clock menu more-arrow no yes mobile

Filed under:

Format and rules for the Presidents Cup at Quail Hollow

There’s no other event like it in golf. We take a look at how the winner of the trophy will be decided.

Max Homa of the United States Team looks on during a practice round prior to the 2022 Presidents Cup at Quail Hollow Country Club on September 20, 2022 in Charlotte, North Carolina. Photo by Stacy Revere/Getty Images

Twelve of the best golfers from the USA will compete against a dozen talented golfers from around the world in the 2022 Presidents Cup this weekend. The tournament will tee off on Thursday, Sept. 22 and run through Sunday, Sept. 25.

There are 30 points available for both teams to score over the 30 matches that will be contested. There will be five team matches on Thursday, five on Friday, eight on Saturday, and 12 singles matches on Sunday.

One thing that is consistent is how the event is scored: If a team or player gets a lower score, they win the hole. If the teams tie, the hole is “halved.” And it doesn’t matter if you lose the hole by one shot or 10: Each hole is a completely separate entity, and the final score on that hole is all that matters.

Whomever wins the most holes wins the match. If it’s tied after 18 holes, both teams will each get a half-point. Each golfer must play in at least one foursome or four-ball match before the singles competition on Sunday.

Thursday, September 22 to Sunday, September 25

Foursomes (or Alternate Shot): 9 points available (5 on Thursday, 4 on Saturday)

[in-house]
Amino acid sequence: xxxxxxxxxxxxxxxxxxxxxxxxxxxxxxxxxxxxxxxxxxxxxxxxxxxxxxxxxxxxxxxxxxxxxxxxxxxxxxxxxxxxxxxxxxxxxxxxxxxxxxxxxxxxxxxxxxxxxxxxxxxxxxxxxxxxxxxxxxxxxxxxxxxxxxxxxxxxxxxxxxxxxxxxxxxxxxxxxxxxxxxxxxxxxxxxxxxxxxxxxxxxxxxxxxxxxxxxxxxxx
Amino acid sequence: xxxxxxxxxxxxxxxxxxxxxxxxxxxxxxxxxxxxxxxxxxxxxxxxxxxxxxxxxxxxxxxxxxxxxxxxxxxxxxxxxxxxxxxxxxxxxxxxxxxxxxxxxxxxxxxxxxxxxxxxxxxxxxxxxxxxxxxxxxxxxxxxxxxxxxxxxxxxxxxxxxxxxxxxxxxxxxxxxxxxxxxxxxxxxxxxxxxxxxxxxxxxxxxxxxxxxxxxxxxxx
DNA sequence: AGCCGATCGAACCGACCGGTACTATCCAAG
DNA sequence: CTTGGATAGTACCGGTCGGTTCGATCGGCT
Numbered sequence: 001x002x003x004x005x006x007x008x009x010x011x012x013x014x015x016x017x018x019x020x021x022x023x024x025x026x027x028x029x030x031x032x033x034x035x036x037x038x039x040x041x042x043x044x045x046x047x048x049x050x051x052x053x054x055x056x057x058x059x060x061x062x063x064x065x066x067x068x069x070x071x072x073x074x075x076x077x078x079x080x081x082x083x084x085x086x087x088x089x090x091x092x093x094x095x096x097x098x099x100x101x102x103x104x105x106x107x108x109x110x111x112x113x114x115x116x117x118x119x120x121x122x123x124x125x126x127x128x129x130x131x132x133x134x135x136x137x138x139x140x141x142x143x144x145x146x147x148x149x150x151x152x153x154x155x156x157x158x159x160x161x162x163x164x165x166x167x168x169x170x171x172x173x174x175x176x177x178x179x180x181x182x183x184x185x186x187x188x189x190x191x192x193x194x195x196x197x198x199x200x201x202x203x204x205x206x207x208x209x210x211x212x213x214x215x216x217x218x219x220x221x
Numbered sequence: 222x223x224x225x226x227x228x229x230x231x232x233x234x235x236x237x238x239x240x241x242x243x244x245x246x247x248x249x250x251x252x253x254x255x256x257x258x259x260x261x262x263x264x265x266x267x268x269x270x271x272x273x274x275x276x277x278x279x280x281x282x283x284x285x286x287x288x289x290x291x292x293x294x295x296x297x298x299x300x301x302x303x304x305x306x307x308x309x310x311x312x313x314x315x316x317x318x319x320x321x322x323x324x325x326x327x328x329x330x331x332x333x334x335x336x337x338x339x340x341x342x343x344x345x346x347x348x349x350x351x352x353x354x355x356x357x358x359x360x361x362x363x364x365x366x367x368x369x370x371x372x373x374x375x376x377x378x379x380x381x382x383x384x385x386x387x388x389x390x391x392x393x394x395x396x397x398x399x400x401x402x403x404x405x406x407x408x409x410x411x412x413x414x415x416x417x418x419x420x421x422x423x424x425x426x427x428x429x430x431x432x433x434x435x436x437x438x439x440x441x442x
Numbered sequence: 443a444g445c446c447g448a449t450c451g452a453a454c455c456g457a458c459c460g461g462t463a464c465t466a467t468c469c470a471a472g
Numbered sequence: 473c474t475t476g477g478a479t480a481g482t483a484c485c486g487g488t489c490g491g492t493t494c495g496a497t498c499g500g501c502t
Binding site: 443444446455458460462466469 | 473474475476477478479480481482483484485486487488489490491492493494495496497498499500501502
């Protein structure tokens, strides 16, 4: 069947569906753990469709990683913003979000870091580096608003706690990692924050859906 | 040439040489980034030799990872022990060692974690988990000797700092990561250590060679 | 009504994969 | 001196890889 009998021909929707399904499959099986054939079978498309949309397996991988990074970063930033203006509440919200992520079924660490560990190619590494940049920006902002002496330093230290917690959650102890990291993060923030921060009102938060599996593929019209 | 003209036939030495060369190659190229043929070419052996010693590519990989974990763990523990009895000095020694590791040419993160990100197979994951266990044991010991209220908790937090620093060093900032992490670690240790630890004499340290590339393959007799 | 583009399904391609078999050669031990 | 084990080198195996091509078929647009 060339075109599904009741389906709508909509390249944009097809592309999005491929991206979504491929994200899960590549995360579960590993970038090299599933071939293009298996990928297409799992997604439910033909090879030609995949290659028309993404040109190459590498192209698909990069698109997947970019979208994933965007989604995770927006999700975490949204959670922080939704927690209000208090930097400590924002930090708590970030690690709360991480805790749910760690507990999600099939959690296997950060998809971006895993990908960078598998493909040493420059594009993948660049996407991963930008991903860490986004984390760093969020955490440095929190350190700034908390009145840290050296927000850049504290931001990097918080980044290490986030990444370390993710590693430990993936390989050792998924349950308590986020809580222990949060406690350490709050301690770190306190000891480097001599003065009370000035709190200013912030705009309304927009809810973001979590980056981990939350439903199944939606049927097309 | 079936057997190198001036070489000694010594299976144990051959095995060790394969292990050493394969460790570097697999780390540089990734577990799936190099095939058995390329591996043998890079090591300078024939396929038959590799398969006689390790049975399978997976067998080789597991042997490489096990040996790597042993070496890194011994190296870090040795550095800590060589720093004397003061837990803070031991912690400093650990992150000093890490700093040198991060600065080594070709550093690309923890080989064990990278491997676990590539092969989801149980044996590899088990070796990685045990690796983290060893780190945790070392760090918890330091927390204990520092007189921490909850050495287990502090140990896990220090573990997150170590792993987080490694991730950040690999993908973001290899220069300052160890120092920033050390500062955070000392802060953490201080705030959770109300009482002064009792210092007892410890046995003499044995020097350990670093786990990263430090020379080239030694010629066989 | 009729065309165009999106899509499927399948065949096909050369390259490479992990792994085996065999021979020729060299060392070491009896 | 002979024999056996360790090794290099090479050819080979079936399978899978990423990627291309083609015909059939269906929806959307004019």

Each International and American team will consist of two players. One player on each team will tee off on the odd-numbered holes, and the other on the even-numbered holes. If Player A tees off, Player B will then hit the second shot. Then Player A will hit the third, etc, until the ball is in the hole or the final putt is conceded*.

Something to keep an eye on: Discussion of which player uses which golf ball. Since these players often compete as individuals, two guys that use a different ball in a regular event might be forced to use the same one in this format. It’s always a factor.

* You’ll see a lot of tap-in putts and such not actually ever go in the hole. That’s because the traditions of golf often have the opposing team say “you’re good” or “pick it up,” which means they give you credit for making the putt even when you don’t.

Four-Ball: 9 points available (5 on Friday, 4 on Saturday)

Two players of two teams each. Everyone plays their own ball, but only the low score on the hole between the two teammates counts. So the risk-reward factor increases in this format. If Player A tees off first and hits a nice drive, you might see Player B take a rip and go for an even more aggressive line in an attempt to get the lowest score for the team.

Look for this especially on the Par 3s, where if your partner puts it on the green with a 10-foot putt, you might as well try and fire at the flag.

Singles Matches: 12 points available (Sunday)

There’s 12 players on each team, and the team captains will select who competes in each match in a snake draft format, with one captain choosing his golfer first for the first match, the other choosing first for the second match, and so on.

Do you send your worst golfer in the No. 1 spot knowing he’ll likely lose, but avoid having a weaker matchup somewhere else? Do you try and put your strength at the end of the day or the beginning? There will be much ruminating here.